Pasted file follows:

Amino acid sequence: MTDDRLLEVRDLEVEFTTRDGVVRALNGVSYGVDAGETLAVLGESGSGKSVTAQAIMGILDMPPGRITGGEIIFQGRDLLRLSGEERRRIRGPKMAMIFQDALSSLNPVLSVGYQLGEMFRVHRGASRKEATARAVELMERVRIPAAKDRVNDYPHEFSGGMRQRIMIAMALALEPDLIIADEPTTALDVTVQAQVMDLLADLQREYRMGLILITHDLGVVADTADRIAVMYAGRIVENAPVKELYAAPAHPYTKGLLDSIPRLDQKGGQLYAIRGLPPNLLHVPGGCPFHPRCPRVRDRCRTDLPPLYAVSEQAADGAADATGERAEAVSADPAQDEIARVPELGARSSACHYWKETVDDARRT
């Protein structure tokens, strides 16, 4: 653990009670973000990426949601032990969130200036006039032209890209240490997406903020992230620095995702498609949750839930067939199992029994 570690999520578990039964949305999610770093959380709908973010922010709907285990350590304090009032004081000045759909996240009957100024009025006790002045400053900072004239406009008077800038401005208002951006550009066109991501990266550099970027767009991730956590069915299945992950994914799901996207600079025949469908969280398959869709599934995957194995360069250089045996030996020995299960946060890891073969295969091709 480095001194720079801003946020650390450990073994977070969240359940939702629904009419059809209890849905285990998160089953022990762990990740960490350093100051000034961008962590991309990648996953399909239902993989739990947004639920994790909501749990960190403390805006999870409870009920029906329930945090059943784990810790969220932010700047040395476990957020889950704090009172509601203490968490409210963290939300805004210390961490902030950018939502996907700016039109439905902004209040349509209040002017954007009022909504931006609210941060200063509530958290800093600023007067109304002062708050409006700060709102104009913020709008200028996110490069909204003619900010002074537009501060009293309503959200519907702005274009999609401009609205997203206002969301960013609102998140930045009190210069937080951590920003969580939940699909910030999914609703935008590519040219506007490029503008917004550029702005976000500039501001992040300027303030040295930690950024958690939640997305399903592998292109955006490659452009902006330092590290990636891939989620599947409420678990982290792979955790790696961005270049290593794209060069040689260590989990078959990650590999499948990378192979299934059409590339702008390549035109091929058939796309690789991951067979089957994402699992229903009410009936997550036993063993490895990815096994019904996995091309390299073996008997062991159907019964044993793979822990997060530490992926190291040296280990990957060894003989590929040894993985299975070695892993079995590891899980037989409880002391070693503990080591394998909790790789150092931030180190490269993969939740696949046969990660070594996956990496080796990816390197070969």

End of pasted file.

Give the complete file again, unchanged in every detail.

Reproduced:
Amino acid sequence: MTDDRLLEVRDLEVEFTTRDGVVRALNGVSYGVDAGETLAVLGESGSGKSVTAQAIMGILDMPPGRITGGEIIFQGRDLLRLSGEERRRIRGPKMAMIFQDALSSLNPVLSVGYQLGEMFRVHRGASRKEATARAVELMERVRIPAAKDRVNDYPHEFSGGMRQRIMIAMALALEPDLIIADEPTTALDVTVQAQVMDLLADLQREYRMGLILITHDLGVVADTADRIAVMYAGRIVENAPVKELYAAPAHPYTKGLLDSIPRLDQKGGQLYAIRGLPPNLLHVPGGCPFHPRCPRVRDRCRTDLPPLYAVSEQAADGAADATGERAEAVSADPAQDEIARVPELGARSSACHYWKETVDDARRT
């Protein structure tokens, strides 16, 4: 653990009670973000990426949601032990969130200036006039032209890209240490997406903020992230620095995702498609949750839930067939199992029994 570690999520578990039964949305999610770093959380709908973010922010709907285990350590304090009032004081000045759909996240009957100024009025006790002045400053900072004239406009008077800038401005208002951006550009066109991501990266550099970027767009991730956590069915299945992950994914799901996207600079025949469908969280398959869709599934995957194995360069250089045996030996020995299960946060890891073969295969091709 480095001194720079801003946020650390450990073994977070969240359940939702629904009419059809209890849905285990998160089953022990762990990740960490350093100051000034961008962590991309990648996953399909239902993989739990947004639920994790909501749990960190403390805006999870409870009920029906329930945090059943784990810790969220932010700047040395476990957020889950704090009172509601203490968490409210963290939300805004210390961490902030950018939502996907700016039109439905902004209040349509209040002017954007009022909504931006609210941060200063509530958290800093600023007067109304002062708050409006700060709102104009913020709008200028996110490069909204003619900010002074537009501060009293309503959200519907702005274009999609401009609205997203206002969301960013609102998140930045009190210069937080951590920003969580939940699909910030999914609703935008590519040219506007490029503008917004550029702005976000500039501001992040300027303030040295930690950024958690939640997305399903592998292109955006490659452009902006330092590290990636891939989620599947409420678990982290792979955790790696961005270049290593794209060069040689260590989990078959990650590999499948990378192979299934059409590339702008390549035109091929058939796309690789991951067979089957994402699992229903009410009936997550036993063993490895990815096994019904996995091309390299073996008997062991159907019964044993793979822990997060530490992926190291040296280990990957060894003989590929040894993985299975070695892993079995590891899980037989409880002391070693503990080591394998909790790789150092931030180190490269993969939740696949046969990660070594996956990496080796990816390197070969």